Friday, October 11, 2002

My ten inches of hot steaming blog may be quiescent for a few days. Taking the brood on a short vacation to the beach, and access may be intermittent or non-existent. There are rumours of exciting new technologies that do not require direct internet access, so perhaps I’ll give them a try.

Thursday, October 10, 2002

LET’S TALK ABOUT NUCLEAR DISARMANENT

Or more specifically, let’s talk about the Campaign for Nuclear Disarmament. Let’s talk about moral bankruptcy masquerading as principal. Let’s talk about knee-jerk anti-West sentiment capturing and subverting agendas. Let’s talk about who’s got the bomb, who wants the bomb, and who should get rid of the bomb.

This from the Working Group against Star Wars:
We are also alarmed by the likely weaponisation of space as part of US plans for missile defence, the escalating resource commitment involved – now estimated at well in excess of $100 billion – and the possibility that the system would be used as an instrument of unaccountable strategic influence over other countries.

The worry over “unaccountable strategic influence over other countries” refers to the ability of a MDS-equipped US to tell nuclear-armed nations to behave. That is, make the two-way use of nukes less likely.

The CND are against NATO, preferring to look to the patronage of others:
CND wants to see the extension of influence, resources and funding of the Organisation for Security and co-operation in Europe (OSCE).


Your remember the OSCE: they’re the nice folk who did such a CRACKERJACK job in Yugoslavia, less than a morning’s drive from OSCE Head Office.

It is reasonable to assume that an activist organisation will put their most important issues on the font page. From the NCD Home Page, their biggest bugbears are the Trident Submarine system, Israel/Palestine and Iraq. It isn’t clear why Israel gets singled out as the nuclear State That Rates, particularly since the closest we’ve come to a nuclear exchange in the past ten years is Pakistan/India. The CND claims they are interested in
justice for all, Israelis and Palestinians, Jews and Muslims.

As far as the CND is concerned, the Palestinian Christians can go to buggery. No peace and Justice for them.

But the funny thing about the CND is that they’re not angry about Iraq’s repeated efforts to lay their hands on nukes. They’re not even concerned that an attack on Iraq might provoke a WMD response from Saddam. They’re afraid of Iraq not being forced to finally cease their pursuit of WMDs.

Why isn’t the CND in the forefront, leading the pro-war crusade? This is the first time that a state known to be actively pursuing nuclear weapons, and known to have biological and chemical weapons, will be disarmed and kicked out of the WMD club. The CND membership will actually get what they pay their dues for. As a bonus, you get rid of a regime that the all-knowing UN has agreed is a danger to others, liberate the locals from a police state, start the aid flow, and free up zillions in defence and UN spending for other purposes.

Judging by their web site, the CND is not particularly concerned with Iraq actually getting nuclear weapons. They do not see this prospect as in any way destabilising, certainly not as destabilising as the US implementing a system that makes the use of nukes less likely to succeed. Indeed, the CND website makes absolutely no mention of Iraq as a state interested in acquiring nuclear weapons. The acquisition of nuclear material by the Swiss (and French, Germans and Belgians) rates a mention. So do the African states that are a likely source for uranium smugglers, though who they would sell the product to the CND does not speculate. Even the new Australian reactor is in there.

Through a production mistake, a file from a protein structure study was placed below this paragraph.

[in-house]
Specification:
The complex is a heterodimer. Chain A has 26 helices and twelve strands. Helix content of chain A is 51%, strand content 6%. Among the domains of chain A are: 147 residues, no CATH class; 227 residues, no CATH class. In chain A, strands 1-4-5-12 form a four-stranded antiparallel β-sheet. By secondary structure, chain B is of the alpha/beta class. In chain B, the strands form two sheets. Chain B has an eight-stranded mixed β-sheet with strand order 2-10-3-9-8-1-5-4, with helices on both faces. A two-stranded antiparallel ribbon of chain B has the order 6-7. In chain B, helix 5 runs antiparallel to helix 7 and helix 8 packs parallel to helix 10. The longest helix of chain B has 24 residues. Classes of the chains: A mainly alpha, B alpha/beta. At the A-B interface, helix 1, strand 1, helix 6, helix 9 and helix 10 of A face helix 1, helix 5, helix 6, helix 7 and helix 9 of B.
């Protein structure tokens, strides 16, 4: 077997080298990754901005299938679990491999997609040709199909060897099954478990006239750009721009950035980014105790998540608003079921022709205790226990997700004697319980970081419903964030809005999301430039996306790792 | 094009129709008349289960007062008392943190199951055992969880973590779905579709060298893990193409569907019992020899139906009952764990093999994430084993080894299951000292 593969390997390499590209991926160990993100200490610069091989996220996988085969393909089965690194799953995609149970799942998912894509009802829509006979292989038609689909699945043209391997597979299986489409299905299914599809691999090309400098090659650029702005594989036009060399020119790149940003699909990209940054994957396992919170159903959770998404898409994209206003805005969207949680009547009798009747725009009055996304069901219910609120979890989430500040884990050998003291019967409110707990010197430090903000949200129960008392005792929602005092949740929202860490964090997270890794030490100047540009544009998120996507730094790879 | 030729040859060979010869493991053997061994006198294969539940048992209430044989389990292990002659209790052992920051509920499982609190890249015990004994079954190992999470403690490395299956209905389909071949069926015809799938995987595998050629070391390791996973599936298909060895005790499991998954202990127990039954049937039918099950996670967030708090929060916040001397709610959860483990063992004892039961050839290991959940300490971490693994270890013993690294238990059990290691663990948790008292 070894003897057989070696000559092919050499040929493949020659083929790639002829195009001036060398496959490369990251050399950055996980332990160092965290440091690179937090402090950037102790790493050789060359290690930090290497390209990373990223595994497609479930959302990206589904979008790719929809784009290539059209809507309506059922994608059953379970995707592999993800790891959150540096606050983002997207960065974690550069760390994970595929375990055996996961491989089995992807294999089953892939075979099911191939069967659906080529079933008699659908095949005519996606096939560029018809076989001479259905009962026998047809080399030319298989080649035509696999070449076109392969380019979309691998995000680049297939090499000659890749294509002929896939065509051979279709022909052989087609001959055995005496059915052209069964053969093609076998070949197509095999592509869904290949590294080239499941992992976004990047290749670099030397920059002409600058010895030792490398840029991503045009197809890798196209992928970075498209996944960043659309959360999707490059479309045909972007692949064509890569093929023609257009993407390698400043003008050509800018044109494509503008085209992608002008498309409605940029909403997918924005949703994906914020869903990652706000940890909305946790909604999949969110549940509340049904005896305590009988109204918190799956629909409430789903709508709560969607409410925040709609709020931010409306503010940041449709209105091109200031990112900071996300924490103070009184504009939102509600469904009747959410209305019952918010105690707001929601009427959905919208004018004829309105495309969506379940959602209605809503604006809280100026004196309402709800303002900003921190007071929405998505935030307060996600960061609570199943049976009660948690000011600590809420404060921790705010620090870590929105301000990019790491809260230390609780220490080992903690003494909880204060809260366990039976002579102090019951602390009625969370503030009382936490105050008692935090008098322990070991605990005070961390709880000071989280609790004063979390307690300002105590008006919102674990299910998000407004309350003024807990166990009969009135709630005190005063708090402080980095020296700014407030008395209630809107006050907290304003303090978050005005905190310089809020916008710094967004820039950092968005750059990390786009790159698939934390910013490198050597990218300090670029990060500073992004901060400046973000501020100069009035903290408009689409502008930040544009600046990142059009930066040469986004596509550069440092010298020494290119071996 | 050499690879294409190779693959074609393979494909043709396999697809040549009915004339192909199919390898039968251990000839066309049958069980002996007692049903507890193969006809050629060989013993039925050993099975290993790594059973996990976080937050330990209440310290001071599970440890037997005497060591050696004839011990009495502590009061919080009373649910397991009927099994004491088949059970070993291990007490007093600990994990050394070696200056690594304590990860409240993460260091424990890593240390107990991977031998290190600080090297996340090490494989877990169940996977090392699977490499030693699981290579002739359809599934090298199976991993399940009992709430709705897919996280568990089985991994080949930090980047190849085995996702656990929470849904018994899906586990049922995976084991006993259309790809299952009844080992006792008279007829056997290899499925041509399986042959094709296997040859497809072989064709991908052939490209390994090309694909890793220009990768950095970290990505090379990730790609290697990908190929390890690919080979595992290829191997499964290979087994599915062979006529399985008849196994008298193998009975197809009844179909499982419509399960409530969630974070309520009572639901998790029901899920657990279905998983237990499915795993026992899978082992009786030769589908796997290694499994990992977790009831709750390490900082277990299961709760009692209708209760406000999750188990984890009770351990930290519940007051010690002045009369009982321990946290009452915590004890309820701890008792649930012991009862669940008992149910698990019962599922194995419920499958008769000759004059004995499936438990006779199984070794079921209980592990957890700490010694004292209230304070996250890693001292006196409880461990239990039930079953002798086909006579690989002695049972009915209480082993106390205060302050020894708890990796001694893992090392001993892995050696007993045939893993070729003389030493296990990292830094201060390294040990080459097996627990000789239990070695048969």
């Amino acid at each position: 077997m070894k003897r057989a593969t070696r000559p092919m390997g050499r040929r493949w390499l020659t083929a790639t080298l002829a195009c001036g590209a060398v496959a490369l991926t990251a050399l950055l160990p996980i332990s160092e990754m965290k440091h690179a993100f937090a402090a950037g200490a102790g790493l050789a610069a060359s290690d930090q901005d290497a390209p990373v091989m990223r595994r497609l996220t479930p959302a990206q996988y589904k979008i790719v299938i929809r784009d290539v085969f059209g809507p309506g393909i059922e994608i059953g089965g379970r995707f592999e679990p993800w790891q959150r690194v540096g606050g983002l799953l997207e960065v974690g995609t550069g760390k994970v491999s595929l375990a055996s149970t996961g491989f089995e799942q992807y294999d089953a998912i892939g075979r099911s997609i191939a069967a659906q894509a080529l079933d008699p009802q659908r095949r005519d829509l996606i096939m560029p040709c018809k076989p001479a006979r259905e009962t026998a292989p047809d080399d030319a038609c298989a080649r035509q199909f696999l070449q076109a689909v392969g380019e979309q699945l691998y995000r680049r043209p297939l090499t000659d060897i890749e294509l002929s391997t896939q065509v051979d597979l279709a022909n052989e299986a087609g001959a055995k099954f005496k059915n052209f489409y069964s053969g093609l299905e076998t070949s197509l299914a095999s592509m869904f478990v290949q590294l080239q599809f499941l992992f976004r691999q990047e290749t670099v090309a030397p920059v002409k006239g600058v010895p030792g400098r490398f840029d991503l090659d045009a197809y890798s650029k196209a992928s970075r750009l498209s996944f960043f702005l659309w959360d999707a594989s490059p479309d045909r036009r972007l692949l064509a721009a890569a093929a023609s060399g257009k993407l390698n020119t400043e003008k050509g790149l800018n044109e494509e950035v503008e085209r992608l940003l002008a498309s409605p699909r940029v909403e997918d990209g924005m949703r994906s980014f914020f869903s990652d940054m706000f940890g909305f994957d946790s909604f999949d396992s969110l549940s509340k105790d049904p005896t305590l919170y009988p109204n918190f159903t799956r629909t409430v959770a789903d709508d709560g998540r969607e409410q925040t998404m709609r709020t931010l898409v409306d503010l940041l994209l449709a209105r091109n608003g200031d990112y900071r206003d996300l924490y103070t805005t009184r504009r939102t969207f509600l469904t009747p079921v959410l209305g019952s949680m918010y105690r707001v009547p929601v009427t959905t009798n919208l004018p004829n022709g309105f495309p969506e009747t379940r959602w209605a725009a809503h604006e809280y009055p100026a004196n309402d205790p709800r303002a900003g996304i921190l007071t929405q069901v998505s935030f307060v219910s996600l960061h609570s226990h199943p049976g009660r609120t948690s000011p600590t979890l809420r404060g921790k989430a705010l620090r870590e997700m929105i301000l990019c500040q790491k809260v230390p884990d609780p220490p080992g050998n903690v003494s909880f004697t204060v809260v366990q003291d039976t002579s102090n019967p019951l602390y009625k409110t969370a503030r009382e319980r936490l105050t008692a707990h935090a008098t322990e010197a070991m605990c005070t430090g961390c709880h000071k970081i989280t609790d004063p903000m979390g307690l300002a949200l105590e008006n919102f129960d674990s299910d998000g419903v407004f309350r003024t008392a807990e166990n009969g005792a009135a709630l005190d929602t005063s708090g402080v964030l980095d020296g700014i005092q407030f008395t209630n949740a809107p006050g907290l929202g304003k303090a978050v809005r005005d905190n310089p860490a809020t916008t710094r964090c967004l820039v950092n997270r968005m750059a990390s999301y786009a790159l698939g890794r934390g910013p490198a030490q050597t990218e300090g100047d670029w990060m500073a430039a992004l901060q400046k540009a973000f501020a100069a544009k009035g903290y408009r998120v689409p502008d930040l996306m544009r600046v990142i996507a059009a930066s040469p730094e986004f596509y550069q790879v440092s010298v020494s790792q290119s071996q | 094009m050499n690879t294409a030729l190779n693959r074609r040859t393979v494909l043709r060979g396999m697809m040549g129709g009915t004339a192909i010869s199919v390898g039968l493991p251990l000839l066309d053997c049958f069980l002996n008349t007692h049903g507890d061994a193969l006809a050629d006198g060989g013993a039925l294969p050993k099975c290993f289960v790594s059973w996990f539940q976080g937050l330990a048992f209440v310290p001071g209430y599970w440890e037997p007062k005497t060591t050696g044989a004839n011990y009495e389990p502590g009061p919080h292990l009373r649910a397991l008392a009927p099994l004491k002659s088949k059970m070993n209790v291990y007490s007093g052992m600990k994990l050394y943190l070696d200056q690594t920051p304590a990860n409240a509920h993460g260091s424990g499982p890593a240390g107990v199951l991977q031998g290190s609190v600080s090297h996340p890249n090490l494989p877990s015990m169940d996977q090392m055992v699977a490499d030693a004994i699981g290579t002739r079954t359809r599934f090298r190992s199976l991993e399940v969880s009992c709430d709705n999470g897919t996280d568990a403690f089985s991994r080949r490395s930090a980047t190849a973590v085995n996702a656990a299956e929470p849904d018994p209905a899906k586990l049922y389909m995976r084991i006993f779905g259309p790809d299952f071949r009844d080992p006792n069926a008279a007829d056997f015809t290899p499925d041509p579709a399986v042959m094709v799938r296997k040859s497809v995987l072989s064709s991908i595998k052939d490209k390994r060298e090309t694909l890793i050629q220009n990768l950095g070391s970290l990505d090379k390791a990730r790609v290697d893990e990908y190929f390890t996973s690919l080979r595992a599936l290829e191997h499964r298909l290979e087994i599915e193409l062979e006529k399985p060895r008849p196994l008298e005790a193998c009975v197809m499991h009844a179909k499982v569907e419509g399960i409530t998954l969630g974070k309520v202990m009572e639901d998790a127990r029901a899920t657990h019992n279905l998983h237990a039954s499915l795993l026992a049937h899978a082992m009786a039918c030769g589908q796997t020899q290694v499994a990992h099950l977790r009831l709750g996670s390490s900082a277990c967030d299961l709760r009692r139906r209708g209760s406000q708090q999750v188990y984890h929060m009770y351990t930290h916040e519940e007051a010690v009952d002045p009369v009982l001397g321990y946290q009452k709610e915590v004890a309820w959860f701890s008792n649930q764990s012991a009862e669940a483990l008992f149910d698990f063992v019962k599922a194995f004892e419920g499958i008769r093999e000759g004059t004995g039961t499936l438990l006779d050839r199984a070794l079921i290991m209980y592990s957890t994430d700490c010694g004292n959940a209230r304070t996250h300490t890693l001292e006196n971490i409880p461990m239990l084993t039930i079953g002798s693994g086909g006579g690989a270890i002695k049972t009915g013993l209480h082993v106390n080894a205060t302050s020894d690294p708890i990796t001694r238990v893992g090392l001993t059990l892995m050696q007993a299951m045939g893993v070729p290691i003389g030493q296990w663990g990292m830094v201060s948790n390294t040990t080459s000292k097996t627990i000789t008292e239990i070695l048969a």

So it appears that the Campaign for Nuclear Disarmament is primarily directed at the states that have nuclear weapons (though not all of them), states that use nuclear power for peaceful means and for medical research (though not all of them).

One standout is that the CND has avoided using “nuclear” in connection to Iraq, in either past, present or future tense. The CND Briefing Paper of September 2002 is hardly enlightening on their attitude to Iraq. The only place nukes get a mention is in brief quotes from UNSC resolutions, and in uncontested quotes from Scott Ritter. By contrast, the CND takes the time to refute the recent report from the International Institute of Strategic Studies, so it’s not a matter of space.

On the subject of chemical attacks on his own people, the CND offers this by way of mitigation:
Much is made of the fact that the threat from Saddam Hussein possessing WMD is clear as he once used them on his own people. Perhaps we can put to one side the fact that it is highly unlikely that Saddam considers Kurds to be his own people.

What follows is three times as much space devoted to kicking the West for supporting Saddam, and a bit of smugness:
At the time, the attack was barely reported. CND and the peace movement tried hard to raise the issue.

Is there a worse crime than gassing non-combatants? Well yes:
The hypocrisy is staggering. If the US, or anyone else, says that it needs WMD to protect itself, then why shouldn’t every country do the same? The only just situation is for no-one to have them.

You heard it here first. Official CND policy is for all nuclear states to disarm simultaneously. Nothing else will do. In fact, it is more moral for all the 192 nation states to arm themselves with nukes, than for the US to act against Iraq. To hell with the low-hanging fruit. All or nothing, and the devil take the hindmost. Proliferation is preferable to the Pax Americana.

One good thing about the CND site is you get all the nutty goodness all in one spot.